Original content provided by BDO Australia.
This is the third article in our ‘Best practice for SMEs’ series, designed to ensure you, and your business operations, are at the top of your game throughout the year. No matter which industry you’re in, we’ll help equip you and your team with the resources and information to help you thrive.
Turning the abundance of data stored and accessed by businesses into useful insights is a skill. It comes with costs like time, money, and risk, but if done right, has the potential to drive performance and support growth for years to come.
For many businesses, especially small- to mid-sized enterprises, data analytics might seem like a complicated, unapproachable process. It may help to think of it as ‘management accounting 2.0’ – providing an enhanced overview of business operations with greater detail and improving business performance by enabling data-driven decision making.
Instead of producing basic information from a point of sales (POS) system, data analytics uses the information stored in various systems within an organisation to draw insights that you don’t get from a standard report.
In addition to driving a future-focused approach for businesses to maximise performance and efficiency, data analytics also acts as organisational quality assurance. With automated reports and processes, it’s easy to compare and merge the point of sales and accounting datasets, while reducing the risk of human error.
Below, we’ve outlined a ‘best practice’ approach to using data analytics in your business, starting with knowing what information you need, and what sources of data you currently have to draw on.
Identifying data sources and systems
When businesses first use data analytics, they often find it difficult to recognise the right datasets and sources to use. As a first step, identify the problem/s your business is trying to solve – Or what question/s you need to answer. Clarity on the issue at hand will make it easier to recognise and ignore any irrelevant information. This is particularly useful for organisations with lots of data.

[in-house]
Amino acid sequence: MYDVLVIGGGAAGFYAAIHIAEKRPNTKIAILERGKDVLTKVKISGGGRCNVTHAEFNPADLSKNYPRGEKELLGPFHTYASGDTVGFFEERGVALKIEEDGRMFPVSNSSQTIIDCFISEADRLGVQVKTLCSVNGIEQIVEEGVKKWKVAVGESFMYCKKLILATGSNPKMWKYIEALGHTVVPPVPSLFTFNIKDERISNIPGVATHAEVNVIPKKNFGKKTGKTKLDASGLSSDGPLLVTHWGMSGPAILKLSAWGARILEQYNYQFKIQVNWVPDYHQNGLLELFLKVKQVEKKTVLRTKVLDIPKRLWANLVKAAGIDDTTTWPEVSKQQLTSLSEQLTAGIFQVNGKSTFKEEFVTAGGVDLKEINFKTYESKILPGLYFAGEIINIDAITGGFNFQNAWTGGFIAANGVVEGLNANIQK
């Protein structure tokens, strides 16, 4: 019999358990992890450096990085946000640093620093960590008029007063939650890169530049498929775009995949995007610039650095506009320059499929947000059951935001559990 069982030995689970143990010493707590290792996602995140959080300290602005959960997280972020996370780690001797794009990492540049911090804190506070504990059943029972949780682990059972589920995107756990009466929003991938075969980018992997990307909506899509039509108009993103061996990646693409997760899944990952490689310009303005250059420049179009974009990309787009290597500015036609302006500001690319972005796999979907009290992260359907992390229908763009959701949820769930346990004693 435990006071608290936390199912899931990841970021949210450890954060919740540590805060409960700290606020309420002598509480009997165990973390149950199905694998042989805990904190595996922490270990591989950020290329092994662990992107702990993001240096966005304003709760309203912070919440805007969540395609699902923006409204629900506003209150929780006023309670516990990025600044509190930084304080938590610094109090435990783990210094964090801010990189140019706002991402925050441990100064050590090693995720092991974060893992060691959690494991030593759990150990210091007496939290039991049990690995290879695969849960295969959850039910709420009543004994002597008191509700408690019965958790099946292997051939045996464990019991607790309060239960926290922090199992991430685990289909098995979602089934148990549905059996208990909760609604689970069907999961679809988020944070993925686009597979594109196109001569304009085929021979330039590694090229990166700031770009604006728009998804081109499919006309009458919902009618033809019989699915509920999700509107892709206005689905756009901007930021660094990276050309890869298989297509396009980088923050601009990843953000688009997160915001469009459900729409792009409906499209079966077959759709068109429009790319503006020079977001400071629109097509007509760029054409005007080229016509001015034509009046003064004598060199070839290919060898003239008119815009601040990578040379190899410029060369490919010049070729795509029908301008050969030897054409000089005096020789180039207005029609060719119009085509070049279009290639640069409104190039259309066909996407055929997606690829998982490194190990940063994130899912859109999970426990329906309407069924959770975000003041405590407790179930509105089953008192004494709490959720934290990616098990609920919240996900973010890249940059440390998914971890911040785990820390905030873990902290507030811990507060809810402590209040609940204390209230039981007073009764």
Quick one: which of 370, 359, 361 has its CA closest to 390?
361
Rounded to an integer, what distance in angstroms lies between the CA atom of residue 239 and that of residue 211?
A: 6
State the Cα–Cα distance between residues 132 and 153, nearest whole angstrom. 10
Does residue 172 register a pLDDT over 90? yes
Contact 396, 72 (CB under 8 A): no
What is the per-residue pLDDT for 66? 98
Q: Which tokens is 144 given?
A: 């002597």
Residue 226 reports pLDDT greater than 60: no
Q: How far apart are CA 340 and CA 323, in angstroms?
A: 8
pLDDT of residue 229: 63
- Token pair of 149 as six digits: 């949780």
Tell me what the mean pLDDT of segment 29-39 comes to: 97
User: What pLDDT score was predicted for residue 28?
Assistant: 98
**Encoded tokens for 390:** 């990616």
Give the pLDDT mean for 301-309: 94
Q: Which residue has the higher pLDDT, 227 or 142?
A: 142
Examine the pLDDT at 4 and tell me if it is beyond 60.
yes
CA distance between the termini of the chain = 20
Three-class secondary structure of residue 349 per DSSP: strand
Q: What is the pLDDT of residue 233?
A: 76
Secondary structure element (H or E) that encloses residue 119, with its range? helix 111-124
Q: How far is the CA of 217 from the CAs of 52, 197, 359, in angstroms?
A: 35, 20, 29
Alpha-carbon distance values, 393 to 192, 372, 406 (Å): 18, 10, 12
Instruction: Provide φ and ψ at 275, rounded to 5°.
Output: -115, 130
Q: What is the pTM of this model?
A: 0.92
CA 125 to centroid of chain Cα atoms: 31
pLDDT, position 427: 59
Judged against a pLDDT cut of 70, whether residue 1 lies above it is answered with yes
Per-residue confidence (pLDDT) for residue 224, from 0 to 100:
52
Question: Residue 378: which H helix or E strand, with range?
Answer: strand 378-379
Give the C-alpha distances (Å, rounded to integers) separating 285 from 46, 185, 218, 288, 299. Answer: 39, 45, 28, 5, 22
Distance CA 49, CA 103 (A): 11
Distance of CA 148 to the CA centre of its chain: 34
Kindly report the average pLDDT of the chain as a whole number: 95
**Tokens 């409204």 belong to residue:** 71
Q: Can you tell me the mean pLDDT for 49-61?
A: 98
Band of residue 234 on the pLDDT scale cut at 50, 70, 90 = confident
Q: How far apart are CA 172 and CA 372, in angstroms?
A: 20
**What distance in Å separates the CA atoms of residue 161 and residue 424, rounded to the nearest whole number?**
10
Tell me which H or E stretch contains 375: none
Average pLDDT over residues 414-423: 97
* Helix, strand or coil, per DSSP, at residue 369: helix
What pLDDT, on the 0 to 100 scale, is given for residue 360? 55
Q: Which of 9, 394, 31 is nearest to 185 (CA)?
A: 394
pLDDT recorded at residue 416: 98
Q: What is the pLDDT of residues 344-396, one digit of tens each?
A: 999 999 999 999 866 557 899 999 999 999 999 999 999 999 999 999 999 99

Tip: It is often easier to decide which datasets are irrelevant, rather than trying to find the right ones.
It’s crucial to be aware of mistakes and misinterpretations throughout this identification process:
- Be mindful of potential biases, both in the data and among your team.
- Use your data with caution and be sure to check and validate it. Even a tiny error can jeopardise the credibility of the entire analysis.
Tip: It is best to isolate any inaccurate aspects of the analysis until you fully address the issue.
In addition to identifying the right data to use, your business will have to ensure the right technology systems and processes are in place to handle enterprise-level data analytics. Cloud-based tools can be a powerful asset with lots to offer in terms of real-time, accurate information, integration capabilities and more. Once you start using cloud-based applications, you’ll be amazed at how legacy tools like spreadsheets seem time-consuming and prone to human error by comparison.
Getting the most out of your data and systems